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Or from fear of seeing his experiments destroyed? He would reflect, think about it, be upon his guard. He had told Phillis that intelligent men, before engaging in an action, weigh the pro and con. Against Caffie's death he saw nothing. For, on the contrary, everything combined. If he had had Phillis's scruples, or Brigard's beliefs, he would have stopped.

Ole massa he 'pear rather sober like, when he find one ob his niggars killed, for he sot a heap on de young uns dat was comin' up, 'cause dey be big enough soon to be ob some 'count; but de trader hand ober fifty dollar bill, to make de accident good, and took de opportunity to get away, 'fore Phillis come to again; but dey not say any ting to me 'bout my loss, and 'pears like dey could not cober de great break in my heart, wid all de fifty dollar bills in Berginny.

Christine and Aunt Phillis, who had been left in charge of Miss Deane, had had a sore trial of patience in waiting upon her, humoring her whims, listening to her fretting and complaints, and trying to soothe and entertain her. She was extremely irritable, and seemed determined not to be pleased with any thing they could do for her. "Where is your mistress?" she asked at length.

As Phillis wished the liberty to expose this photograph frankly, in order to have it always before her, she had asked for it, and Saniel had given it to her, in her mother's presence. "If she has it!" exclaimed Mme. Cormier. "Ah! my dear sir, you do not know the place that all your goodness, and the services that you have rendered us, have made for you in our hearts."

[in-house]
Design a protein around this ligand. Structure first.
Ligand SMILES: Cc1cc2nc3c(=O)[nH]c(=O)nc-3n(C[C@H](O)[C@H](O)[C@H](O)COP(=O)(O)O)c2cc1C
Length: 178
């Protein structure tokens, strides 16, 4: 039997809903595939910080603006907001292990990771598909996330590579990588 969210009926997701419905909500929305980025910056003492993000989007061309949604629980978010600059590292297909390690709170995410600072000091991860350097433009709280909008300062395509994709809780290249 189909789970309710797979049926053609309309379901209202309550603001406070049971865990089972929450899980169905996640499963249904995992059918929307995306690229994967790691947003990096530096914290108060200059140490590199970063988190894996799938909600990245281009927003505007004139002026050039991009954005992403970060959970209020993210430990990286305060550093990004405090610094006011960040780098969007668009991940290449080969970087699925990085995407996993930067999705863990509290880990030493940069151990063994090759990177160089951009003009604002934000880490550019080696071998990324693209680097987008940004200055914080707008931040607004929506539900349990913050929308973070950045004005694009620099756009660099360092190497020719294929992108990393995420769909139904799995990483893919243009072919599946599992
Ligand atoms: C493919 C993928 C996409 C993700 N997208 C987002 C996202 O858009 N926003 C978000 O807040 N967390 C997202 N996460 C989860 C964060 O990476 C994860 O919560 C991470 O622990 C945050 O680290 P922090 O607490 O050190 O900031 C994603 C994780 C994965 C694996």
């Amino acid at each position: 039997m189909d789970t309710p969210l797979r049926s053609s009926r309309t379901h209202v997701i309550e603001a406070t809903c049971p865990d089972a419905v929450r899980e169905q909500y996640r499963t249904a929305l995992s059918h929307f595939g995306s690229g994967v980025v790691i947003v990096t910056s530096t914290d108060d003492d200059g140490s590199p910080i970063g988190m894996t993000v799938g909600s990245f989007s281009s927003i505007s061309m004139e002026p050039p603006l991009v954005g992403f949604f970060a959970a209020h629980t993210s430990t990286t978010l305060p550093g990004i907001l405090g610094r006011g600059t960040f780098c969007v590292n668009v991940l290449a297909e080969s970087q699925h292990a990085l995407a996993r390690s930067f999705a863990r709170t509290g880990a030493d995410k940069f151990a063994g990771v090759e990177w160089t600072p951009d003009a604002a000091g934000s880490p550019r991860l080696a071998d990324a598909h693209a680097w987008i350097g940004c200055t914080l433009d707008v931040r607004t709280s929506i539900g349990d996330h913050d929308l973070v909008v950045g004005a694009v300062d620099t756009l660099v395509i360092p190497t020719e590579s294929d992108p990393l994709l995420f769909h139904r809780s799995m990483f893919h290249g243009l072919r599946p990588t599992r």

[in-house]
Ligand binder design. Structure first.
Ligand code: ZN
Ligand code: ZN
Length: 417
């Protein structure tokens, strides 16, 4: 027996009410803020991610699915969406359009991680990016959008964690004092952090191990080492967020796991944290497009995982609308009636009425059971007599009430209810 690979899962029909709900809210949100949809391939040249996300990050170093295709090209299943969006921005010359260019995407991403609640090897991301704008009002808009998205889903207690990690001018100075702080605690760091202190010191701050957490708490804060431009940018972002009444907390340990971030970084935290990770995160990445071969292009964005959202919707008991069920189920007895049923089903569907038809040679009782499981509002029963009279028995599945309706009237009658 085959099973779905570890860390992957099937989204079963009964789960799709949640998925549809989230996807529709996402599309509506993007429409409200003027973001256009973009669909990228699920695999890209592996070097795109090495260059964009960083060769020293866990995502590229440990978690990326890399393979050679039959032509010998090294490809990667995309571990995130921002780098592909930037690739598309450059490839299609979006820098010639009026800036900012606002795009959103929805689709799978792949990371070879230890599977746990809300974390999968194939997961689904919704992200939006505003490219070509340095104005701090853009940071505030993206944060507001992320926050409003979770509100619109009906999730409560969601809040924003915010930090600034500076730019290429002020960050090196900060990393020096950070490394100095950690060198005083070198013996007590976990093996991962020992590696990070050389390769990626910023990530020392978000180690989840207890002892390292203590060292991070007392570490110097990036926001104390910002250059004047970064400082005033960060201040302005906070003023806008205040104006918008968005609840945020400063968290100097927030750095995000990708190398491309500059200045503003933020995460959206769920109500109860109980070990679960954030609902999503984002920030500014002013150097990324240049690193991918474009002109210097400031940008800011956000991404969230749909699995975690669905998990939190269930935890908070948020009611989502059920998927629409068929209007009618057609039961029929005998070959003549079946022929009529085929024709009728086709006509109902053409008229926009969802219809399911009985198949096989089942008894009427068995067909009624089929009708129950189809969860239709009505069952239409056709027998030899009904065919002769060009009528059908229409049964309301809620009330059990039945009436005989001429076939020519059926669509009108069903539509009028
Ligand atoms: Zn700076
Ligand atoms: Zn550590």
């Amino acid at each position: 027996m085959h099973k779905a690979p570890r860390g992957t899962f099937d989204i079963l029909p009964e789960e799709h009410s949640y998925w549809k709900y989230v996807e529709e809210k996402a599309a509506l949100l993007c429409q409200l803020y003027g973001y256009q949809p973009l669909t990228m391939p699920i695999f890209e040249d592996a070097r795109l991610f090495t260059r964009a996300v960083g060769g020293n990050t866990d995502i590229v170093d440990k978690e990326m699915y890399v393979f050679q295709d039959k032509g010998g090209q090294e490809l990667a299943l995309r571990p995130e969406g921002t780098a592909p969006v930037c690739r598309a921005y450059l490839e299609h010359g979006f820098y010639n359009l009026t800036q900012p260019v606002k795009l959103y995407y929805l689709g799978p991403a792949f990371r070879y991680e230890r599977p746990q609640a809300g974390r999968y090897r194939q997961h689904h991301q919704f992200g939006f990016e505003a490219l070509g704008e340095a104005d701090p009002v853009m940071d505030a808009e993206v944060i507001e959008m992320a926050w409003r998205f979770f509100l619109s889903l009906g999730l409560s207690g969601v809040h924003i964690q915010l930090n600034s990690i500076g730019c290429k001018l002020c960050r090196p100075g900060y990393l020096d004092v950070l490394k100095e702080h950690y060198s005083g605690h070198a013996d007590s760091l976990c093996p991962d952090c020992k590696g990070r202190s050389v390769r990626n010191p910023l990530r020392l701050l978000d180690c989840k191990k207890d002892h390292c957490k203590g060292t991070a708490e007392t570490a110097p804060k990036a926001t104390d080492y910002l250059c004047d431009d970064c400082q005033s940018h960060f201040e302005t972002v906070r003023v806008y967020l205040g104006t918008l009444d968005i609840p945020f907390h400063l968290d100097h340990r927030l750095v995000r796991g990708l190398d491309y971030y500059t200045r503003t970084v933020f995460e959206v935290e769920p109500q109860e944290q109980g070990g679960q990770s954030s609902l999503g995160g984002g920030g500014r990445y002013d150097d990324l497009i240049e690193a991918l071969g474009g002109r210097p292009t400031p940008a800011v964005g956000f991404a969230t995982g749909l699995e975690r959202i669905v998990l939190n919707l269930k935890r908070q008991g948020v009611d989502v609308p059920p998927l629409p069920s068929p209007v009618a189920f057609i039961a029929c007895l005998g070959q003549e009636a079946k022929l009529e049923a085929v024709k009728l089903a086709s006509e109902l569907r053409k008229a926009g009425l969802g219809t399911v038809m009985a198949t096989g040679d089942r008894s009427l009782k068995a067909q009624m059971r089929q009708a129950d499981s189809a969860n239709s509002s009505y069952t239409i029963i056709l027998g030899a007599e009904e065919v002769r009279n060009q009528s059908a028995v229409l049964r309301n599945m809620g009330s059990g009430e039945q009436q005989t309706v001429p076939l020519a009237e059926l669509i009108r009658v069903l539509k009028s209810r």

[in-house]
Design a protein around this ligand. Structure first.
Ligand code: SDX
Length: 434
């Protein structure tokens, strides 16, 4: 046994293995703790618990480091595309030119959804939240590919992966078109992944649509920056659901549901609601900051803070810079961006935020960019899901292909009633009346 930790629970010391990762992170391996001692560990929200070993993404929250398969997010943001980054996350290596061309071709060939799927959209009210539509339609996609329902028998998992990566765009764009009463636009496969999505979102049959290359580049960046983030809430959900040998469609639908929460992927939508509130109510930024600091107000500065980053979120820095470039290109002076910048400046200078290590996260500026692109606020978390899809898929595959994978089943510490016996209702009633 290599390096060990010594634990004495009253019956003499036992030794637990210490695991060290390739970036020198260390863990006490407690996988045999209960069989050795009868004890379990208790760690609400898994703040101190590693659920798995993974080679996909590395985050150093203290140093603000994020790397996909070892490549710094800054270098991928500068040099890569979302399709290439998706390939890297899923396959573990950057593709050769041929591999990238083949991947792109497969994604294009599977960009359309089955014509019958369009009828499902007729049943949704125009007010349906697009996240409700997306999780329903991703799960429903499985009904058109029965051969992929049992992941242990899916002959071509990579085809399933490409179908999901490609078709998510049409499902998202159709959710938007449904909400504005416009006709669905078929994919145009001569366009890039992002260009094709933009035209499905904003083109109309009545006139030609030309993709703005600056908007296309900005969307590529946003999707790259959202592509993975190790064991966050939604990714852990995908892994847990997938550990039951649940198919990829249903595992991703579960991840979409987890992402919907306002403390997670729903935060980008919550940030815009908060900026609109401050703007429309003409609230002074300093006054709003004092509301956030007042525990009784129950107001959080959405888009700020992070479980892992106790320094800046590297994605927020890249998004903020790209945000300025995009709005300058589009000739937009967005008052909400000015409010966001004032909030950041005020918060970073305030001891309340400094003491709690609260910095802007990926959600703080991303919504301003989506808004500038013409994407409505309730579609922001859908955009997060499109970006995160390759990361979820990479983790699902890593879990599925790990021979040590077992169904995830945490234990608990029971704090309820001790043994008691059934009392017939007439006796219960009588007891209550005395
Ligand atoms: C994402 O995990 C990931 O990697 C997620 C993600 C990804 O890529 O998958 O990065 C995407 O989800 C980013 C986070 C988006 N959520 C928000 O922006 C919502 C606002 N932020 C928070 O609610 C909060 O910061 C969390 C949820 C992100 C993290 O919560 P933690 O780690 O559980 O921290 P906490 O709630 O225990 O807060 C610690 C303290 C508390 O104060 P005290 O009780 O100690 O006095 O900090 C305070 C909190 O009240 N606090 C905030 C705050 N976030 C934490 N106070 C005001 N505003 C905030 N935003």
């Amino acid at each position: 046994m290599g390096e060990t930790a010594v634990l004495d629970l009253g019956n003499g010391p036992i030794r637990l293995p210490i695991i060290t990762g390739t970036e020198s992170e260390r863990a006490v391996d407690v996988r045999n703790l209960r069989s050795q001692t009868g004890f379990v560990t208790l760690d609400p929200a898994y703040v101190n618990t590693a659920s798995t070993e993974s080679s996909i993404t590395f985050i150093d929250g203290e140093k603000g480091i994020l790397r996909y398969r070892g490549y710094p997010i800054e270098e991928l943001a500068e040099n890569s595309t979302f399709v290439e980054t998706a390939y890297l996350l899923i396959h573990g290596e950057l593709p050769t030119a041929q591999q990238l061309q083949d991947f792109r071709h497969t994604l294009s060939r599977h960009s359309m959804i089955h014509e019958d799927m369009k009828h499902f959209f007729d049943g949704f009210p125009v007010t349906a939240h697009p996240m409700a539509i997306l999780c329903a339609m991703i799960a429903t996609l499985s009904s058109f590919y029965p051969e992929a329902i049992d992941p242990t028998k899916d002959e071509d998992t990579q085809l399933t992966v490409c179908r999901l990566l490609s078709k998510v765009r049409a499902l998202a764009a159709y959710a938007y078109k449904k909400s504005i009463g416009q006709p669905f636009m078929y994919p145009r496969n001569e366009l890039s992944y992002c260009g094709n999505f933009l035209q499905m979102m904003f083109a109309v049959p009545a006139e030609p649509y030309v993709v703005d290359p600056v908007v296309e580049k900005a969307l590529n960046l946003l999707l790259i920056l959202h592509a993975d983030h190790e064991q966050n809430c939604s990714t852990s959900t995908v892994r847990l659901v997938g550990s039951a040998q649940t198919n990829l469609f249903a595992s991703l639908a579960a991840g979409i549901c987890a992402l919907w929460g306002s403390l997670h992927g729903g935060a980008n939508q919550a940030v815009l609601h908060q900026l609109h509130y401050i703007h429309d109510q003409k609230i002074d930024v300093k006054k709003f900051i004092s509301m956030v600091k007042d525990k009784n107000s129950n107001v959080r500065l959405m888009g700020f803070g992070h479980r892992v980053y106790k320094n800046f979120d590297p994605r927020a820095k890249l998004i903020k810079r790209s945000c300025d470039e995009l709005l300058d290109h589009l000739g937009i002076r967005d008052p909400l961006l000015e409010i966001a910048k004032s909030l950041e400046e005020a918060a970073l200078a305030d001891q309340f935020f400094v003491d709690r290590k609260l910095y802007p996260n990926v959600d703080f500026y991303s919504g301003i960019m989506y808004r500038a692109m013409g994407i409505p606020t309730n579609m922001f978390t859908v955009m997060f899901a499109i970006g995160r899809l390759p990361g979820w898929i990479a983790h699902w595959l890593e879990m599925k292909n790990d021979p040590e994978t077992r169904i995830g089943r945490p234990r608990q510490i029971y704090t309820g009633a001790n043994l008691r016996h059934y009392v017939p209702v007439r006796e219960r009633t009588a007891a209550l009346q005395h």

Pompey and Phillis were bondservants under the mild existing paternal form of slavery. The king's commissioner of imposts perhaps would not have admitted he was passing the prime of life, but the crow's-feet were gathering in the corners of his eyes. His gray tie wig was in keeping with the white hairs upon his brow.

She started up like a guilty creature when the door opened, and Phillis entered with a letter in her hand. "Beg pardon, ma'am, I thought you were Mrs. Grey." "She is just gone up stairs will be back directly," said Miss Gascoigne, anxious to keep up appearances to the last available moment. "Is that letter for her? Shall I give it to her?"

Dat was de last time I eber sees my Phillis. I specks by dis time dey hab got de work all out ob her, and I hopes dey hab, missy; for though she neber hear ob dat place where all are made bright, I know she good enough to find de way; but I hopes she not be too full ob shine, coz I fraid I not know her from de white folks."

"What do you want, Willy?" asked Miss Stanhope, as the child appeared in the doorway with a teacup in her hand. "Mother wants a little light'ning to raise her bread." "Yeast? Oh, yes, just go round to Phillis, and she'll give you some." The door-bell rang. "It's a gentleman," said the child, "I seen him a-coming in at the gate."

She was by no means deficient in curiosity, and it was exceedingly trying to be compelled to lie there in doubt and suspense. The time seemed very much longer than it really was before Aunt Phillis came back, sobbing, and wiping her eyes on her apron. "What is the matter?" asked Miss Deane impatiently.

He had his little book that he used for mechanical memoranda and measurements in his pocket, and he took it out to write down 'straight back', small muzzle', 'deep barrel', and I know not what else, under the head 'cow'. He was very critical on a turnip-cutting machine, the clumsiness of which first incited him to talk; and when we went into the house he sate thinking and quiet for a bit, while Phillis and her mother made the last preparations for tea, with a little unheeded apology from cousin Holman, because we were not sitting in the best parlour, which she thought might be chilly on so cold a night.

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